As the recipient of 70 units of blood last year (for bone marrow failure), I know first-hand how important blood donation is, and I am forever grateful for those who helped me when I was in need. On the weekend, I heard an announcement from Canadian Blood Services (CBS); while they are always in need of donors, their current inventory of O-negative blood is very low and they are asking for donors to come forward.
A couple of months back I talked about the risk of iron deficiency in frequent blood donors and the need to replenish iron stores. I want to revisit this subject, especially in light of new data that has surfaced about the importance of iron supplementation for blood donors. While donating blood is an extremely generous act to help others, it is also important to take care of yourself in the process.
If You Are a Blood Donor
First off, if you’re a blood donor, kudos to you and thank you for helping to save lives! According to a 2014 report by Canadian Blood Services (CBS), Iron Status in CBS Donors, 90% of donations come from repeat donors. This report also stated that with each blood donation (500 mL), the donor loses 225 mg – 250 mg of iron. Because of this, blood donors (especially frequent donors) are at risk for developing iron deficiency anemia.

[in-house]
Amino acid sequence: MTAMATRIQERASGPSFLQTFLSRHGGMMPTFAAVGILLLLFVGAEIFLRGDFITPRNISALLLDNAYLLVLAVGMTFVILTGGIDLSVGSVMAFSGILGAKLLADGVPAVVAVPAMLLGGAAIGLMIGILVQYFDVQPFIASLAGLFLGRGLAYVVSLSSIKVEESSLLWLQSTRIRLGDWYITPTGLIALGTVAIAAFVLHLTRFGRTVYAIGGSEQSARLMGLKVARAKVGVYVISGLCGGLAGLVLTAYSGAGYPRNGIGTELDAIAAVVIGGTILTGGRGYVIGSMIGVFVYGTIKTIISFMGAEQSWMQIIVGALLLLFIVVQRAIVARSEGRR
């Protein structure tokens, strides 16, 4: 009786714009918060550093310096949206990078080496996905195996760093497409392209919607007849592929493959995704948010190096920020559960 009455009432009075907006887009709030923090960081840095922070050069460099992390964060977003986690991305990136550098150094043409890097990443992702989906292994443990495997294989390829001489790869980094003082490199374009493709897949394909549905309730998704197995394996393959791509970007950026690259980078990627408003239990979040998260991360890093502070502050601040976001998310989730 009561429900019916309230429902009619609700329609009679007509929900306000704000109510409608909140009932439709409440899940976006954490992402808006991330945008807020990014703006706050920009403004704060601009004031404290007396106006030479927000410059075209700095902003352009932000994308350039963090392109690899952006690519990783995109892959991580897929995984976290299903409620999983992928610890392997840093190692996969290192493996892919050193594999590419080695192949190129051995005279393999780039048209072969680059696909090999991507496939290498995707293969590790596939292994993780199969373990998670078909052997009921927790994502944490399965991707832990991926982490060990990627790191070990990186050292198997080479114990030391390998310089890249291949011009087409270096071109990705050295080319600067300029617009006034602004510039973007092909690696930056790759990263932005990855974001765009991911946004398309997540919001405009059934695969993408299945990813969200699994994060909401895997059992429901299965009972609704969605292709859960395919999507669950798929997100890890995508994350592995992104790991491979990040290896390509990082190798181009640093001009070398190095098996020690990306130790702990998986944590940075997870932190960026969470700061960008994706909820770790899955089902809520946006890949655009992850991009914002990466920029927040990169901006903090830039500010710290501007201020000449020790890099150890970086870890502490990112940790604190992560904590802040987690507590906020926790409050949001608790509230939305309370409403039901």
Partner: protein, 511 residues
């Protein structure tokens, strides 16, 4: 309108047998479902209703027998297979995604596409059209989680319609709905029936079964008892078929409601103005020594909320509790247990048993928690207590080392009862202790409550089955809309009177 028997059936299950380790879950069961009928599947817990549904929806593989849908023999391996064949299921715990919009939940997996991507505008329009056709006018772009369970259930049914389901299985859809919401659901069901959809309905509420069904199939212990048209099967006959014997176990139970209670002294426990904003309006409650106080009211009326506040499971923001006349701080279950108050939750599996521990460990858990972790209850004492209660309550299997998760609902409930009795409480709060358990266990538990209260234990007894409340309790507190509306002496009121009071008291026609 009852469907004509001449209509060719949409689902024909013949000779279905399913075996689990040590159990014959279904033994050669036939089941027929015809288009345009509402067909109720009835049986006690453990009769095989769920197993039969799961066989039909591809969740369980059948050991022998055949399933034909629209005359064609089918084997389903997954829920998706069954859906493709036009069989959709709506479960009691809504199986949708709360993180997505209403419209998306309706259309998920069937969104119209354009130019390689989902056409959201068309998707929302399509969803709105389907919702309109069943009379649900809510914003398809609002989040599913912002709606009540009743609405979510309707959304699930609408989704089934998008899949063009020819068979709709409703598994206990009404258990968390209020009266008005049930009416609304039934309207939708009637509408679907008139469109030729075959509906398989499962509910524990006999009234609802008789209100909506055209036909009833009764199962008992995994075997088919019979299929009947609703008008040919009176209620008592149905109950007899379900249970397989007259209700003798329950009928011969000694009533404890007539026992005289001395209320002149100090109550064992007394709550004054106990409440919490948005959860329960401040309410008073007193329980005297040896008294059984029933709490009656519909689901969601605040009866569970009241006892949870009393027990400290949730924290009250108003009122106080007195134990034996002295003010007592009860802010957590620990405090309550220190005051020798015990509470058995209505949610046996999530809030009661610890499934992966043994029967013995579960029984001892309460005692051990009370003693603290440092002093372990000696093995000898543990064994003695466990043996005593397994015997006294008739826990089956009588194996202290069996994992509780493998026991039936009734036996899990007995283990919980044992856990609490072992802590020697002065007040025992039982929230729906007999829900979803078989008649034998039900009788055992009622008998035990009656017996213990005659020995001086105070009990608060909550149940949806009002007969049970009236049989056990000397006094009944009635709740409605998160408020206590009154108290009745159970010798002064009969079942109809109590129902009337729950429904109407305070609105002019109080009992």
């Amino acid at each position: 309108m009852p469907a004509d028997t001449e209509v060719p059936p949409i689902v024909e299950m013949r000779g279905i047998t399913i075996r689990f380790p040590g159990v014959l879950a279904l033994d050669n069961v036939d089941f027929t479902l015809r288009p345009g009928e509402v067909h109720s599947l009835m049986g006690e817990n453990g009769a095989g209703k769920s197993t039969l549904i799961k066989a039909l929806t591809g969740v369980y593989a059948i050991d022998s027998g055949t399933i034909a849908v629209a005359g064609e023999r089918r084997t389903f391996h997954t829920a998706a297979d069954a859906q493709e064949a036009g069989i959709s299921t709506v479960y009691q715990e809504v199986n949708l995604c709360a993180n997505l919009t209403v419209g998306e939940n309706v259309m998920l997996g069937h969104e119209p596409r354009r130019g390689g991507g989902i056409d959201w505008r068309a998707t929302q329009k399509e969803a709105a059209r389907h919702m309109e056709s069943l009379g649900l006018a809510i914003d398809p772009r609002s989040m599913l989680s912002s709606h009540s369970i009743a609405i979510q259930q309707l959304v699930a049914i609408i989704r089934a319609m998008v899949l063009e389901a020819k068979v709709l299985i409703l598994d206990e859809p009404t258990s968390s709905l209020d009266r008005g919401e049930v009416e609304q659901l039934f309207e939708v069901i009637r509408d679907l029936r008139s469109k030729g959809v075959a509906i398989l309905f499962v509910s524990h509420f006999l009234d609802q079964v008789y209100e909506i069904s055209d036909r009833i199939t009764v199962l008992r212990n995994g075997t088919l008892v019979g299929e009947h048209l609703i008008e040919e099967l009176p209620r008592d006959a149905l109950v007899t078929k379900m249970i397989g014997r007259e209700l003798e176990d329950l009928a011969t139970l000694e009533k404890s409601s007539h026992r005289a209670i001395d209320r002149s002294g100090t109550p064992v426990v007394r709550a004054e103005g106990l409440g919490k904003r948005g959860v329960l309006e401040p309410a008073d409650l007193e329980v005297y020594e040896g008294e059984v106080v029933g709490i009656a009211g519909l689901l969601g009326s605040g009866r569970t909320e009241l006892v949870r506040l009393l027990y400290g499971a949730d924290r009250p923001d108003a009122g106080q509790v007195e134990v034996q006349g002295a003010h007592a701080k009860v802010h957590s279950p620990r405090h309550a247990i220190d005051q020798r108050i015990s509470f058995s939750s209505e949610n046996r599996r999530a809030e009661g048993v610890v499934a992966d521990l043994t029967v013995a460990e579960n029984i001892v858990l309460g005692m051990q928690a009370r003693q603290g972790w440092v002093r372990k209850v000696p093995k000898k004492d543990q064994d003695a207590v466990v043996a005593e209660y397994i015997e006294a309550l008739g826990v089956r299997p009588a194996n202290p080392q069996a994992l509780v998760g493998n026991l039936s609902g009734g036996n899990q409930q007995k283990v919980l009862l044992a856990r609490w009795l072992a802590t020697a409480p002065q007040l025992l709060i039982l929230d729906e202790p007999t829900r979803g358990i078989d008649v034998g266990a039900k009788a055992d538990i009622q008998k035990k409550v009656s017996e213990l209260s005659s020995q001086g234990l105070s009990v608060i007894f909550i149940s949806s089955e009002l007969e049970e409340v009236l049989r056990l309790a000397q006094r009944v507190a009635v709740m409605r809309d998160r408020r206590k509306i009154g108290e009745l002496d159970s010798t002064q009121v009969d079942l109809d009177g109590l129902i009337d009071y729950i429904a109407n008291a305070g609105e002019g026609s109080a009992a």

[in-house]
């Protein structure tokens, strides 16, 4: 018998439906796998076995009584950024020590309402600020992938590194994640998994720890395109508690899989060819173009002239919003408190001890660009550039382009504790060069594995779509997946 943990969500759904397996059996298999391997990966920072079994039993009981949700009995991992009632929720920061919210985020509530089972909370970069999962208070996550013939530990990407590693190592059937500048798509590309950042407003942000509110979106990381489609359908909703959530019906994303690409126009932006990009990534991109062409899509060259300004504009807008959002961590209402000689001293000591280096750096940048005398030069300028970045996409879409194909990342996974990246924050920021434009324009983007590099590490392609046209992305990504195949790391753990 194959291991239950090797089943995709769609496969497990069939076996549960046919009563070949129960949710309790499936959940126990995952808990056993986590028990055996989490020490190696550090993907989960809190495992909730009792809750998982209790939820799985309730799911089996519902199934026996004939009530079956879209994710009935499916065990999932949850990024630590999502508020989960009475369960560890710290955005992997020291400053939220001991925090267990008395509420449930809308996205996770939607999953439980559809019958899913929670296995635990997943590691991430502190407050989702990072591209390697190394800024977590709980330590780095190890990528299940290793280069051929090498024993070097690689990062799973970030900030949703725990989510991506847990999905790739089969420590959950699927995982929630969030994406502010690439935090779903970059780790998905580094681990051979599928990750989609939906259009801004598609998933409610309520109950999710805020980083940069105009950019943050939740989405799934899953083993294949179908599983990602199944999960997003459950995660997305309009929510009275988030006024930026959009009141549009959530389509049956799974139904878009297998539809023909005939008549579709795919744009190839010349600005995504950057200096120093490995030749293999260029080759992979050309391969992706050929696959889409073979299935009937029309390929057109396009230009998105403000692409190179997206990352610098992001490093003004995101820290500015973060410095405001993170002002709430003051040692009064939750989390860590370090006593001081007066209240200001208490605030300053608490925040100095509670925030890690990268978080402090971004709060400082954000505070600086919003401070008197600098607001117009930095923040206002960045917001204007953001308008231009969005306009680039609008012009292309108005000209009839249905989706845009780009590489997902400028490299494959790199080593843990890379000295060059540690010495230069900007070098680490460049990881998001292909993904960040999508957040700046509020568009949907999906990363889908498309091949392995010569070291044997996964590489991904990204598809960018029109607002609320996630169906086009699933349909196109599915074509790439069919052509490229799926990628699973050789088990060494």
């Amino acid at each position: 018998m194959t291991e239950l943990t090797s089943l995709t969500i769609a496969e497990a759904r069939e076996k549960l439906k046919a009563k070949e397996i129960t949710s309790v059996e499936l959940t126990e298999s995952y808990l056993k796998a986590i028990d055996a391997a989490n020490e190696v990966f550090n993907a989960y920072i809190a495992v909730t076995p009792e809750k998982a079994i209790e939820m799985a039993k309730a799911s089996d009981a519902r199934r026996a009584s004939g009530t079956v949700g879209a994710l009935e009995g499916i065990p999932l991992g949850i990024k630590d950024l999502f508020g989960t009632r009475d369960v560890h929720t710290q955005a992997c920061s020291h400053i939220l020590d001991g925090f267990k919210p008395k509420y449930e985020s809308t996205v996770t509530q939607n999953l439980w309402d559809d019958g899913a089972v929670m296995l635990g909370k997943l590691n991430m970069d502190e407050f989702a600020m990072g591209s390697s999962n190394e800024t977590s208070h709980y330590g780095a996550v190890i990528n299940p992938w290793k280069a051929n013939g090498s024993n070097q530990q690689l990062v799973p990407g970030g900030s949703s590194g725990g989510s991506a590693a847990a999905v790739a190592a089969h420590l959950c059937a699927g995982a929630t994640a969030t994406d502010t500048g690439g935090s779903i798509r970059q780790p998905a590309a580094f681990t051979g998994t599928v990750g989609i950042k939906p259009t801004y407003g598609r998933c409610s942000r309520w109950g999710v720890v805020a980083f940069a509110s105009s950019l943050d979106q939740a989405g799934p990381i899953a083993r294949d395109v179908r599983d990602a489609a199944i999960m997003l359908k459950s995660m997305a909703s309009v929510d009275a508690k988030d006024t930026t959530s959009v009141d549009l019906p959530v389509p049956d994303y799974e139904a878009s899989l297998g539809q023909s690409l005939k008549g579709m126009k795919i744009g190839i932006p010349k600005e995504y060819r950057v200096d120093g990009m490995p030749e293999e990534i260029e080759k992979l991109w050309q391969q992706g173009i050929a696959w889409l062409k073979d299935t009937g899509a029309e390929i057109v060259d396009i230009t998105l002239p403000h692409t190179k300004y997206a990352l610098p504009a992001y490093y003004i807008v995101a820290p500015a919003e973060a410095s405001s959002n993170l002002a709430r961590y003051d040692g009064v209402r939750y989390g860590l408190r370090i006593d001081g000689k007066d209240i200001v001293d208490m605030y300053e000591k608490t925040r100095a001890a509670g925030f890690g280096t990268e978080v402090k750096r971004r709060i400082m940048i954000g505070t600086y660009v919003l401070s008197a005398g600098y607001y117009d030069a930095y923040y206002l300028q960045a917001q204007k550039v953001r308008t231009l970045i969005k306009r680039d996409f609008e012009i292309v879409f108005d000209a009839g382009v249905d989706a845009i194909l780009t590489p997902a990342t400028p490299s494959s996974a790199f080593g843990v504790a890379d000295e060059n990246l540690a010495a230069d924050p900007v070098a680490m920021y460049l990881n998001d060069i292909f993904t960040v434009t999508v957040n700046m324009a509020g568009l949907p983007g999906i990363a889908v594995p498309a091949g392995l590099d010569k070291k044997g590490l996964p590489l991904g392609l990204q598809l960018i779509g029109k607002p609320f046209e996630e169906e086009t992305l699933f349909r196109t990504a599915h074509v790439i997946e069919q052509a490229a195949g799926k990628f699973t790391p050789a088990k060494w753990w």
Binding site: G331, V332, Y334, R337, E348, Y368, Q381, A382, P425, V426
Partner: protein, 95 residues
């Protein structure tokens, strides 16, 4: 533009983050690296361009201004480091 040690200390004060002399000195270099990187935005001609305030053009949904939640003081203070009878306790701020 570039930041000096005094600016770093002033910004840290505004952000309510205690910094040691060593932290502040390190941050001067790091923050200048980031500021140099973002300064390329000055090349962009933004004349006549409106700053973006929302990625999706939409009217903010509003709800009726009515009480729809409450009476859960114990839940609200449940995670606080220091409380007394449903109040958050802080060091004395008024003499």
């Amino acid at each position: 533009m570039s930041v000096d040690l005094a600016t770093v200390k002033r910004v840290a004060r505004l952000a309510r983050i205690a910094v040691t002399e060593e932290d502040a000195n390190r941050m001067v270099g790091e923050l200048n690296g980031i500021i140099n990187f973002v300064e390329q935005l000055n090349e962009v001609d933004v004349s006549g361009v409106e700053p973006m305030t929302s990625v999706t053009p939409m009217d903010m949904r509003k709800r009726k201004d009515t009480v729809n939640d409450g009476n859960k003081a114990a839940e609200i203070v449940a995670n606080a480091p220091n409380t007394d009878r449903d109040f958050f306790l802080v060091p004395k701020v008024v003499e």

Importance of Iron Supplementation for Blood Donors
Canadian Blood Services allows donors to give blood every 56 days, but it generally takes a lot longer to actually restore the lost iron. A recent U.S. study released in February 2015 highlights the importance of maintaining your iron levels after donating blood.
The study found that taking iron supplements post donation had shortened the time it took to reach 80% hemoglobin recovery (from baseline levels) by 24% – 40%. Furthermore, iron supplementation was effective in shortening the time it takes to fully replete iron stores by 46%. Lastly, two-thirds of those who did not take iron supplements were unable to recover their iron stores within 168 days.
Be Aware of Your Iron Health
Frequent blood donation can lead to progressive iron loss and iron deficiency anemia. And just because you might pass the hemoglobin screening before donating (minimum qualifying level of 125 g/L) this doesn’t necessarily mean that your iron stores are in check.
Being aware of your iron health is extremely important, and if you are a blood donor (or are thinking of donating) make sure that your doctor is aware of this so that your iron status is appropriately monitored.
P.S. If you’d like to be a blood donor, visit https://www.blood.ca/en/DonateNow to find a location near you and book an appointment!
*Article based on study: Oral Iron Supplementation After Blood Donation: A Randomized Clinical Trial (http://www.ncbi.nlm.nih.gov/pubmed/25668261)
Content and advice provided on The Iron Maiden is for information purposes only and should not serve as a substitute for a licensed health care provider, who is knowledgeable about an individual’s unique health care needs